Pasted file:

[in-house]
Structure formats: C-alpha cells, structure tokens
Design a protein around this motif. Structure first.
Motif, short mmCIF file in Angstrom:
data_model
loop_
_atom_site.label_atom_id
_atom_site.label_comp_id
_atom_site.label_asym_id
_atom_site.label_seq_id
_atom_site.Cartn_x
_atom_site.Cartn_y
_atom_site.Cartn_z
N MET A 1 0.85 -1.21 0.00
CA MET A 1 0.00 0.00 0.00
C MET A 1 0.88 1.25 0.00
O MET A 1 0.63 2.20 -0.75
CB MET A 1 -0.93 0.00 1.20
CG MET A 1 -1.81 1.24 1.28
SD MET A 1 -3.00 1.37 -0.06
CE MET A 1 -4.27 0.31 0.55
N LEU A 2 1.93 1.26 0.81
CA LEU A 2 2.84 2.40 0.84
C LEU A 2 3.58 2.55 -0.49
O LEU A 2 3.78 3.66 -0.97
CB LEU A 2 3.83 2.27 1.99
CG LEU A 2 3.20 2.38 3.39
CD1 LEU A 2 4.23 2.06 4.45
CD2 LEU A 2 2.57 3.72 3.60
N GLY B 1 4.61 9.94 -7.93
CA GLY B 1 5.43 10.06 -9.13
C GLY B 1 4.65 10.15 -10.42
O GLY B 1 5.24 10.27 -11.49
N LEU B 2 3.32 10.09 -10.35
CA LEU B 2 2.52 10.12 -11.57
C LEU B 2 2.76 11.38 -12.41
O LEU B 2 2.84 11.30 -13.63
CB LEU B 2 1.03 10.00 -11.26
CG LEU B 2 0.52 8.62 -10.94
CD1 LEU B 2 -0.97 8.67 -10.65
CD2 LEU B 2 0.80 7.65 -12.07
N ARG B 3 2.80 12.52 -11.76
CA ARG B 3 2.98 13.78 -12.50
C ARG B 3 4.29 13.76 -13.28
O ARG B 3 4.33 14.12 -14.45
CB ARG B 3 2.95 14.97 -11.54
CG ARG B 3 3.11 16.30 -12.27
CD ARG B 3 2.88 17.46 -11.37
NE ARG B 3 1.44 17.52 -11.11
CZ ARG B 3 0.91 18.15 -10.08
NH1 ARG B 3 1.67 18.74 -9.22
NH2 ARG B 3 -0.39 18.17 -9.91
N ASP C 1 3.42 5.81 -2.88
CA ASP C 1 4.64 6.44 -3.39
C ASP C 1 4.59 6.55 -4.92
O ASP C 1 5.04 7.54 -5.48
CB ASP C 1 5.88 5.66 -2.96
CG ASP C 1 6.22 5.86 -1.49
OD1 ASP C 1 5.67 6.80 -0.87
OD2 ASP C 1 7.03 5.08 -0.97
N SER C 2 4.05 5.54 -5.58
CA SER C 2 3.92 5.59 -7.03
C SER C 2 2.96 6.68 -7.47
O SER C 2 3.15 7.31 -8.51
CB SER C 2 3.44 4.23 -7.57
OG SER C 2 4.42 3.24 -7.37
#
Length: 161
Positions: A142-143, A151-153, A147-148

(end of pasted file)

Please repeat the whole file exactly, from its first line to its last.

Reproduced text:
[in-house]
Structure formats: C-alpha cells, structure tokens
Design a protein around this motif. Structure first.
Motif, short mmCIF file in Angstrom:
data_model
loop_
_atom_site.label_atom_id
_atom_site.label_comp_id
_atom_site.label_asym_id
_atom_site.label_seq_id
_atom_site.Cartn_x
_atom_site.Cartn_y
_atom_site.Cartn_z
N MET A 1 0.85 -1.21 0.00
CA MET A 1 0.00 0.00 0.00
C MET A 1 0.88 1.25 0.00
O MET A 1 0.63 2.20 -0.75
CB MET A 1 -0.93 0.00 1.20
CG MET A 1 -1.81 1.24 1.28
SD MET A 1 -3.00 1.37 -0.06
CE MET A 1 -4.27 0.31 0.55
N LEU A 2 1.93 1.26 0.81
CA LEU A 2 2.84 2.40 0.84
C LEU A 2 3.58 2.55 -0.49
O LEU A 2 3.78 3.66 -0.97
CB LEU A 2 3.83 2.27 1.99
CG LEU A 2 3.20 2.38 3.39
CD1 LEU A 2 4.23 2.06 4.45
CD2 LEU A 2 2.57 3.72 3.60
N GLY B 1 4.61 9.94 -7.93
CA GLY B 1 5.43 10.06 -9.13
C GLY B 1 4.65 10.15 -10.42
O GLY B 1 5.24 10.27 -11.49
N LEU B 2 3.32 10.09 -10.35
CA LEU B 2 2.52 10.12 -11.57
C LEU B 2 2.76 11.38 -12.41
O LEU B 2 2.84 11.30 -13.63
CB LEU B 2 1.03 10.00 -11.26
CG LEU B 2 0.52 8.62 -10.94
CD1 LEU B 2 -0.97 8.67 -10.65
CD2 LEU B 2 0.80 7.65 -12.07
N ARG B 3 2.80 12.52 -11.76
CA ARG B 3 2.98 13.78 -12.50
C ARG B 3 4.29 13.76 -13.28
O ARG B 3 4.33 14.12 -14.45
CB ARG B 3 2.95 14.97 -11.54
CG ARG B 3 3.11 16.30 -12.27
CD ARG B 3 2.88 17.46 -11.37
NE ARG B 3 1.44 17.52 -11.11
CZ ARG B 3 0.91 18.15 -10.08
NH1 ARG B 3 1.67 18.74 -9.22
NH2 ARG B 3 -0.39 18.17 -9.91
N ASP C 1 3.42 5.81 -2.88
CA ASP C 1 4.64 6.44 -3.39
C ASP C 1 4.59 6.55 -4.92
O ASP C 1 5.04 7.54 -5.48
CB ASP C 1 5.88 5.66 -2.96
CG ASP C 1 6.22 5.86 -1.49
OD1 ASP C 1 5.67 6.80 -0.87
OD2 ASP C 1 7.03 5.08 -0.97
N SER C 2 4.05 5.54 -5.58
CA SER C 2 3.92 5.59 -7.03
C SER C 2 2.96 6.68 -7.47
O SER C 2 3.15 7.31 -8.51
CB SER C 2 3.44 4.23 -7.57
OG SER C 2 4.42 3.24 -7.37
#
Length: 161
Positions: A142-143, A151-153, A147-148